What do I do when my reading group gets “stuck” on a level?
Sometimes, you just can’t avoid getting stuck. Teach enough children and odds are you are probably going to teach a group of children who get stuck. What’s a teacher to do? Just as one could get a truck or car out of the mud, reading groups can get unstuck too.
When a group bogs down to a complete stop, when they are no longer successful reading more difficult texts, the first thing the teacher should do is to determine the point of difficulty. Asking questions such as the following will help offer some insight into the issue. Consider things such as:
· What’s holding the children back?
· Where do they lose the meaning?
o Is it because they have to pause for unknown words?
o Are they confident in sight word knowledge?
o Are they confident in word work?
o Can they make generalizations from one word to another?
o Are they fast and fluent in sounds of letters?
o Are they able to follow the story line…What the characters are saying and doing?
o Are they confident in their understanding and reading of the structure of the words, phrases, and sentences? (Are they confident in the structure of how the English language flows in the sentences and fluent in their reading of it?)
Steps to Take:
After carefully considering the answers to the above questions. Begin to “rock it out”. Here are some suggestions:
1. Rock it Out. Put the group in reverse. Try to get back to the level where the group is confident, where they are on solid ground.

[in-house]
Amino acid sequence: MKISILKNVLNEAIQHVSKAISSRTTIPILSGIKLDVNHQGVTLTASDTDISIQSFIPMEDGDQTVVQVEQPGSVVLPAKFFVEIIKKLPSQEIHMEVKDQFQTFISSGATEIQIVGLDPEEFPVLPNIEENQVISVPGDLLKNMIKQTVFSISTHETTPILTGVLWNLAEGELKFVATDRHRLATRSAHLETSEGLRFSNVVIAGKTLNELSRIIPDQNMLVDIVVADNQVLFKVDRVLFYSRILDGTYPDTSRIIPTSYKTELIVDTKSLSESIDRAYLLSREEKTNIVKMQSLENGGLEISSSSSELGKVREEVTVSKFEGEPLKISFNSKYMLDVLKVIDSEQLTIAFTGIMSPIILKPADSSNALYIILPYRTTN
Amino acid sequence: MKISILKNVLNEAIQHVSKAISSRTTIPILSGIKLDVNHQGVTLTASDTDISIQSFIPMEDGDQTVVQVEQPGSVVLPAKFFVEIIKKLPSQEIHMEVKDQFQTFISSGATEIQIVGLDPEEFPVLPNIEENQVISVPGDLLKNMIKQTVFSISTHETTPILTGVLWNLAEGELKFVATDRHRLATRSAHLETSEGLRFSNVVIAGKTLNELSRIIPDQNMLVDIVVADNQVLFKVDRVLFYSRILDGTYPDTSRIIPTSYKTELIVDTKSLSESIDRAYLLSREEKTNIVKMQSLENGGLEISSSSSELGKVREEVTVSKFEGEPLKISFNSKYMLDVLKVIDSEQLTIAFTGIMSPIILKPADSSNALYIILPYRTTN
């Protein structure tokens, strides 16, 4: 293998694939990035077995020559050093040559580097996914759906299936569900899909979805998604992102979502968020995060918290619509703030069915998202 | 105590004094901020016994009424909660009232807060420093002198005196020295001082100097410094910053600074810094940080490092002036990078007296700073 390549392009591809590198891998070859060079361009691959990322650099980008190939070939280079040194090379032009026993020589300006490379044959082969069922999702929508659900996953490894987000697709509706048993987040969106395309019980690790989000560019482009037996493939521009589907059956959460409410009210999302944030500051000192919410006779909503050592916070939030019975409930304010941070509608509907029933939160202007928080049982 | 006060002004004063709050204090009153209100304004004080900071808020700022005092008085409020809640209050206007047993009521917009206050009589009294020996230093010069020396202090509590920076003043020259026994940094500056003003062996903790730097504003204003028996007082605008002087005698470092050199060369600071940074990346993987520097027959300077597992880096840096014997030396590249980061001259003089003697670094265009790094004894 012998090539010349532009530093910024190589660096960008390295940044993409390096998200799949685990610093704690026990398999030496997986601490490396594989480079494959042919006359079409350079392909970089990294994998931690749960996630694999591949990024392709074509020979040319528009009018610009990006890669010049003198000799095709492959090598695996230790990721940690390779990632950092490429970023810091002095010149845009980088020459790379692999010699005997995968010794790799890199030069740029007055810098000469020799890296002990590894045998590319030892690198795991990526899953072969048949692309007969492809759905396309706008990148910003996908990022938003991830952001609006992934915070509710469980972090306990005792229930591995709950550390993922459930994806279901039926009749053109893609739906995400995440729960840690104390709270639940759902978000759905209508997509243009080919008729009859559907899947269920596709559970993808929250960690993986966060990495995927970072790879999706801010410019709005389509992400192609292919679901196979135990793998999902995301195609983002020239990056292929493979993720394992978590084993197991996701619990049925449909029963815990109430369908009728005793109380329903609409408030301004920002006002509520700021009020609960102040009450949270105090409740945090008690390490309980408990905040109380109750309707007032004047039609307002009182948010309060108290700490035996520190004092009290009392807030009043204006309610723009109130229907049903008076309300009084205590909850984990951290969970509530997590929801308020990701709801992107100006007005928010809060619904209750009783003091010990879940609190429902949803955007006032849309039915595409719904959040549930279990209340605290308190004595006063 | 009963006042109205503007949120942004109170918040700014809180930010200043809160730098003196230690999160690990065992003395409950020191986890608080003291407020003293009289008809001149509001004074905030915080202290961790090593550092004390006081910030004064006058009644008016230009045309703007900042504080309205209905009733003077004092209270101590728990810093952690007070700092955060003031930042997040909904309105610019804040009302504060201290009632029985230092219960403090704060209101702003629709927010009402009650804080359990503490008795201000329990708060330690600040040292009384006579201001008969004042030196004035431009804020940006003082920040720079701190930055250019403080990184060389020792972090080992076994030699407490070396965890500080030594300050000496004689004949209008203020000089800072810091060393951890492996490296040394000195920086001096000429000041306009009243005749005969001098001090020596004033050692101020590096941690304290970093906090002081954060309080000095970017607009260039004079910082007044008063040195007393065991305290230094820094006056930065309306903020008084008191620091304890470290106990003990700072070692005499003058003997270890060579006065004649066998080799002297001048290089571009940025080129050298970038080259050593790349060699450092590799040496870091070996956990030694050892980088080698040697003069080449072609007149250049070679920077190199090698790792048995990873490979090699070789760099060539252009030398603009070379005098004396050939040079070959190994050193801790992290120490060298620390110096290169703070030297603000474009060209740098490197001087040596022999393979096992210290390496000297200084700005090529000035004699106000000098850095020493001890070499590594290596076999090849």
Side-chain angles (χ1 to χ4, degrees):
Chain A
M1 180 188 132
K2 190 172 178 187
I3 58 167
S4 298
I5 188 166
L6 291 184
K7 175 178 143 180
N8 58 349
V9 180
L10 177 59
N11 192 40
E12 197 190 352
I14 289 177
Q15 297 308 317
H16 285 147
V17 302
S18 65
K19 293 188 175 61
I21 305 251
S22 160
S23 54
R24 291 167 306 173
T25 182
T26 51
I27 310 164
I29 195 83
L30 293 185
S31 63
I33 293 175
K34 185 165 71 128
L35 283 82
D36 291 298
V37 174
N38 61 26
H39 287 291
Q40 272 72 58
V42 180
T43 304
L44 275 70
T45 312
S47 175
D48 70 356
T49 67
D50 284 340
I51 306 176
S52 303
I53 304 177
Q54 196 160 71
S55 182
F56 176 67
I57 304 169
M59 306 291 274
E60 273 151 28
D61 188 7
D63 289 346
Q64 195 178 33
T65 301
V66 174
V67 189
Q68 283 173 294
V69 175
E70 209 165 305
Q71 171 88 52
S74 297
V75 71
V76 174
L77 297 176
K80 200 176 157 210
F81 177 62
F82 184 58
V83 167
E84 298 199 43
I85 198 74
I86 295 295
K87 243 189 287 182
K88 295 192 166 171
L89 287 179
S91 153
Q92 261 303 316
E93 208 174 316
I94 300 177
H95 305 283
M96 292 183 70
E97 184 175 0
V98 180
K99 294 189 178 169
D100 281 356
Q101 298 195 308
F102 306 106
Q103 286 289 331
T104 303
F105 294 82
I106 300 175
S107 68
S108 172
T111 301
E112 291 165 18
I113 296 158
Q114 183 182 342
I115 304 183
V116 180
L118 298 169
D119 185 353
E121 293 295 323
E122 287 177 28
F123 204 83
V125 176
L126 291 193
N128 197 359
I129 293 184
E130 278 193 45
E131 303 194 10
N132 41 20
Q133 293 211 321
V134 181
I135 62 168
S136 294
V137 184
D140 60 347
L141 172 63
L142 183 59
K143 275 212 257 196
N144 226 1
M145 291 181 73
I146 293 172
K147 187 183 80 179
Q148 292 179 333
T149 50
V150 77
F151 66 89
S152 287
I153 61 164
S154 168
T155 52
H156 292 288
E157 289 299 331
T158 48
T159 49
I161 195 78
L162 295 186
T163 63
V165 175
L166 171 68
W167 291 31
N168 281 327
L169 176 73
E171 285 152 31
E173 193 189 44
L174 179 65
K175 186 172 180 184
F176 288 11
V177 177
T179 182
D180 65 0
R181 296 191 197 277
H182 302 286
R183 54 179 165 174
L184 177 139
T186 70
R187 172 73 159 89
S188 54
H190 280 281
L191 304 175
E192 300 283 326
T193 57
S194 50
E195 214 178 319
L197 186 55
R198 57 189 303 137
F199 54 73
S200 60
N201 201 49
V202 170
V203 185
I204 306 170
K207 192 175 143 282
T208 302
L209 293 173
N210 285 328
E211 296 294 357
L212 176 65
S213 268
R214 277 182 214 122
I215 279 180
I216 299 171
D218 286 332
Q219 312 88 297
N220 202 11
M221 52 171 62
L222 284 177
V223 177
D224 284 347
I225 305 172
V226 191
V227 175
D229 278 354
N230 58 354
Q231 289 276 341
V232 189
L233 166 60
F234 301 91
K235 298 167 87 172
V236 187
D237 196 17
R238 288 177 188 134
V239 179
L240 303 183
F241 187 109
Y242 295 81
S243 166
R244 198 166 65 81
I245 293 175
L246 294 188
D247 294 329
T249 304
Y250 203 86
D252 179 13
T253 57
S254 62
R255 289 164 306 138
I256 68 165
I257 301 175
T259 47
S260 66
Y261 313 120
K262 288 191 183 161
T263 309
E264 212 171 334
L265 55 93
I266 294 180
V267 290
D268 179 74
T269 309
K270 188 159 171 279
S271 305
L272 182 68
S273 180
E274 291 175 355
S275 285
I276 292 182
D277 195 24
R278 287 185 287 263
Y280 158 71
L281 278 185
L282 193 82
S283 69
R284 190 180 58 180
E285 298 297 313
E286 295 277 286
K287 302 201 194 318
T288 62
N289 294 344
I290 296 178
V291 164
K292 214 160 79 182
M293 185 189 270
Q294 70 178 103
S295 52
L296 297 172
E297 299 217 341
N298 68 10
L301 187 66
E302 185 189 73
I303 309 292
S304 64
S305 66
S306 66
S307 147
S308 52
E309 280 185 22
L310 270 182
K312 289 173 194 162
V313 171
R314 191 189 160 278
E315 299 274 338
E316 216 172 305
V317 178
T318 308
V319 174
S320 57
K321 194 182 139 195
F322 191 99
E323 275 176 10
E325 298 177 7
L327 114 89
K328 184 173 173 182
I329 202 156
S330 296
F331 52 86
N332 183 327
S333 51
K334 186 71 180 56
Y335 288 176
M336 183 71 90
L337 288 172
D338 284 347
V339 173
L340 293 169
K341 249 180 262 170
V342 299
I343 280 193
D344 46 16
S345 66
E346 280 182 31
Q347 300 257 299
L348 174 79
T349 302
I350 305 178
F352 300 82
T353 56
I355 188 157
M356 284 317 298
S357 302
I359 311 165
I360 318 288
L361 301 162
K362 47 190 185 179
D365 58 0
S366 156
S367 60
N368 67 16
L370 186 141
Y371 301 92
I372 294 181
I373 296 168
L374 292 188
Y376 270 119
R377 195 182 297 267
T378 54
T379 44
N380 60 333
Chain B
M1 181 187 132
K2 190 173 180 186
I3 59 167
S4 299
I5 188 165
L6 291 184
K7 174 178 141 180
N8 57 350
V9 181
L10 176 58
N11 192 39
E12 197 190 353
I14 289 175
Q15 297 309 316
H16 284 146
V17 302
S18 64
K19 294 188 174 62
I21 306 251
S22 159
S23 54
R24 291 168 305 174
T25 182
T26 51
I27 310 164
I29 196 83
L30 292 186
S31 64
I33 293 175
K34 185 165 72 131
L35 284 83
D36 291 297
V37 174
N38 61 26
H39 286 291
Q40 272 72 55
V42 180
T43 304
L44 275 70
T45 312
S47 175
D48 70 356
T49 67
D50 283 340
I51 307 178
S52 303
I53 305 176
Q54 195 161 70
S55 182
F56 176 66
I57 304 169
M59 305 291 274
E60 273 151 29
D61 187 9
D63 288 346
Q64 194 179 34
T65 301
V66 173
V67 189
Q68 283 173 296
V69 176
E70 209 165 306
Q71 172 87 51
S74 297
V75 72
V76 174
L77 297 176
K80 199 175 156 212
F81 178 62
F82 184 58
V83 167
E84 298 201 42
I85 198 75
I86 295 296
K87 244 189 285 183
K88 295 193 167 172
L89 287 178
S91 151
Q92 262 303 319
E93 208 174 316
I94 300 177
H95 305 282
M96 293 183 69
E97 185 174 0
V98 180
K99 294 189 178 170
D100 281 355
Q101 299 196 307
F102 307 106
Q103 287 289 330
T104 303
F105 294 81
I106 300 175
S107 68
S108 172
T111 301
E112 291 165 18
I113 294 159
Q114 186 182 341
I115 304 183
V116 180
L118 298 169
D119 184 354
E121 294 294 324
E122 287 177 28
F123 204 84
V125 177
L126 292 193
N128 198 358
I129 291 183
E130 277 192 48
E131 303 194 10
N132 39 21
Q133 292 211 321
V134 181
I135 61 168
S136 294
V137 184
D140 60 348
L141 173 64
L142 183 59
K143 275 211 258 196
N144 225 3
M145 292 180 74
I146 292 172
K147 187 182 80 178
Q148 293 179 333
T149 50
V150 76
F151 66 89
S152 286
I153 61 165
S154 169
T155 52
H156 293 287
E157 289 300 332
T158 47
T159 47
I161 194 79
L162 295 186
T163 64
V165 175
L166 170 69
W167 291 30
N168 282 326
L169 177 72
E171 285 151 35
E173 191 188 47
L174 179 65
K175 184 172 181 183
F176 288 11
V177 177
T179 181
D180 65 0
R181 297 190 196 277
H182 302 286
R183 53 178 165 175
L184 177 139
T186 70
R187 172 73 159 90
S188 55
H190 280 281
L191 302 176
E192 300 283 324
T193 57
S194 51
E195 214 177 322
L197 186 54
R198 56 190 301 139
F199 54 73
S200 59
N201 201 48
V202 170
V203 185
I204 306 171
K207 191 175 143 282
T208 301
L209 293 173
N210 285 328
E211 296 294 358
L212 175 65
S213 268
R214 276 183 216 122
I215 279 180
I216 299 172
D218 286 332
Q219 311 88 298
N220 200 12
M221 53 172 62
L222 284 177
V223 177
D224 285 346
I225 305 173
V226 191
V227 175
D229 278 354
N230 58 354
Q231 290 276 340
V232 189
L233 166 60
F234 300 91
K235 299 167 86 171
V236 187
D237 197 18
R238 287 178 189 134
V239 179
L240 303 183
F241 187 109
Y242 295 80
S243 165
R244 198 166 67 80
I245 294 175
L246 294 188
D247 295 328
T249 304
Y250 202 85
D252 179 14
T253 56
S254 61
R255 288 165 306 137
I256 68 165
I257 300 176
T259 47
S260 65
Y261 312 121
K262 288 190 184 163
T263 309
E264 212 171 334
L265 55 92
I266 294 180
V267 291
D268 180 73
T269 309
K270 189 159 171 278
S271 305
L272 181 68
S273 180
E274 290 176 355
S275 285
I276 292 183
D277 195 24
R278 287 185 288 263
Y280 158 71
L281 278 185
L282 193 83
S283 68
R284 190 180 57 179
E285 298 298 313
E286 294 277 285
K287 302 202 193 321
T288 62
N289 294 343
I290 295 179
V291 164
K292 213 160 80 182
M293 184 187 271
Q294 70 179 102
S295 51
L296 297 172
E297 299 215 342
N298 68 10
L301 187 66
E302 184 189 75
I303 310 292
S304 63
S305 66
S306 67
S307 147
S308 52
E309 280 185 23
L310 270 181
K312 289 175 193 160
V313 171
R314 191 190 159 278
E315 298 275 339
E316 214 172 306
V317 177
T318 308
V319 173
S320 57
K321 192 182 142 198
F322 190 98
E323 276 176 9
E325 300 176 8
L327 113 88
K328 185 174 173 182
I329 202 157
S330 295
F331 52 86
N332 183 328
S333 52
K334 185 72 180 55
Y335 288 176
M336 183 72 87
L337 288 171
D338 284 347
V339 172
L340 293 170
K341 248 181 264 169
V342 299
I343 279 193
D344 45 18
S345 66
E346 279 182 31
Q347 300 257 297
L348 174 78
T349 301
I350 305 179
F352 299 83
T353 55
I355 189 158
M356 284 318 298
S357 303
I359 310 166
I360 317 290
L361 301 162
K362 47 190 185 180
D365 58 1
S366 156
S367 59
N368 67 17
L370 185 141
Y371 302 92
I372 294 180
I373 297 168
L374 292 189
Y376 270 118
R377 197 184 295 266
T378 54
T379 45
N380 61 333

For example, if the group “bogged down” at a text level “I” and struggled to move forward because of their knowledge of words and how they worked, perhaps the group needs to move down to a text level D or G.
Remember that it’s not just about the level of the “book”. It’s about the behaviors the child needs to have under control in order to be successful reading the book and processing the text.
2. Add Traction. Put some things in the child’s repertoire that will build solid traction.
Select a few books at a lower level, making certain to incorporate the specific knowledge (word work, sight word, comprehension strategies, structure, fluency, etc.) appropriate for that level. Repeat the back- forward-process as long as the group is making progress. Try a few books at a D or G, then try another book at an I. Try a few books at a G/H and then try another book at an I.
3. Accelerate Gradually. The reading group should accelerate gradually while the teacher continues to pay special attention to the area of concern. It’s very important to accelerate. Be careful not to instruct the children at the lower levels indefinitely or they will remain stuck.
4. Pull it Out. If the teacher intentionally teaches for the area of concern and provides instruction on that area before the guided reading lesson, during the guided reading lesson, and after the guided reading lesson, it’s like the group has a recovery strap attached to them. The instructional level is low enough that the work is “easy” allowing the teacher the opportunity to instruct the children in the group without putting too much tension on any one component.